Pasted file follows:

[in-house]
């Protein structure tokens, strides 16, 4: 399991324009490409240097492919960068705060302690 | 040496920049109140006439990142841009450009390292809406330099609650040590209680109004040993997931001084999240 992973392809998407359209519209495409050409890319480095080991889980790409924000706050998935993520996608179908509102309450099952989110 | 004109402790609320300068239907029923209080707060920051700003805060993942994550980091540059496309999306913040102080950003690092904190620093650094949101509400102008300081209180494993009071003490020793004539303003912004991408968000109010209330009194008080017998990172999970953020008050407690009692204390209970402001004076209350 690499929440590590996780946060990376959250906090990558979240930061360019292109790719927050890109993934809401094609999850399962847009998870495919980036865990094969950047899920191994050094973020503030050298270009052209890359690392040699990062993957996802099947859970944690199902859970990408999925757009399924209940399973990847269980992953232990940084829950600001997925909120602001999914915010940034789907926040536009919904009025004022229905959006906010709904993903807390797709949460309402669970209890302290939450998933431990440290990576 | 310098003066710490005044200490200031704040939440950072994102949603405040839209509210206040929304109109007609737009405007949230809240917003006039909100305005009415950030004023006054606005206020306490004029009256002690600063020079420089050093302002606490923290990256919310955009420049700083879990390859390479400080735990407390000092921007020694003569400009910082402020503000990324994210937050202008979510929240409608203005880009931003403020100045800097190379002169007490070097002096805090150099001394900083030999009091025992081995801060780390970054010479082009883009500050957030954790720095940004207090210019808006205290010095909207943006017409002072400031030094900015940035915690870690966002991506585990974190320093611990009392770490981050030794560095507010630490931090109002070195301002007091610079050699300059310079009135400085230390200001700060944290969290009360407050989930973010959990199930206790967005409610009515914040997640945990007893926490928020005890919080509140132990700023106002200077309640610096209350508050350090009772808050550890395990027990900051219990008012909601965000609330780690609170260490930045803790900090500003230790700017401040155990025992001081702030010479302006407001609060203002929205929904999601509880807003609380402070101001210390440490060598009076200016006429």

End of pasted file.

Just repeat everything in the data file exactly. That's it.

[in-house]
């Protein structure tokens, strides 16, 4: 399991324009490409240097492919960068705060302690 | 040496920049109140006439990142841009450009390292809406330099609650040590209680109004040993997931001084999240 992973392809998407359209519209495409050409890319480095080991889980790409924000706050998935993520996608179908509102309450099952989110 | 004109402790609320300068239907029923209080707060920051700003805060993942994550980091540059496309999306913040102080950003690092904190620093650094949101509400102008300081209180494993009071003490020793004539303003912004991408968000109010209330009194008080017998990172999970953020008050407690009692204390209970402001004076209350 690499929440590590996780946060990376959250906090990558979240930061360019292109790719927050890109993934809401094609999850399962847009998870495919980036865990094969950047899920191994050094973020503030050298270009052209890359690392040699990062993957996802099947859970944690199902859970990408999925757009399924209940399973990847269980992953232990940084829950600001997925909120602001999914915010940034789907926040536009919904009025004022229905959006906010709904993903807390797709949460309402669970209890302290939450998933431990440290990576 | 310098003066710490005044200490200031704040939440950072994102949603405040839209509210206040929304109109007609737009405007949230809240917003006039909100305005009415950030004023006054606005206020306490004029009256002690600063020079420089050093302002606490923290990256919310955009420049700083879990390859390479400080735990407390000092921007020694003569400009910082402020503000990324994210937050202008979510929240409608203005880009931003403020100045800097190379002169007490070097002096805090150099001394900083030999009091025992081995801060780390970054010479082009883009500050957030954790720095940004207090210019808006205290010095909207943006017409002072400031030094900015940035915690870690966002991506585990974190320093611990009392770490981050030794560095507010630490931090109002070195301002007091610079050699300059310079009135400085230390200001700060944290969290009360407050989930973010959990199930206790967005409610009515914040997640945990007893926490928020005890919080509140132990700023106002200077309640610096209350508050350090009772808050550890395990027990900051219990008012909601965000609330780690609170260490930045803790900090500003230790700017401040155990025992001081702030010479302006407001609060203002929205929904999601509880807003609380402070101001210390440490060598009076200016006429």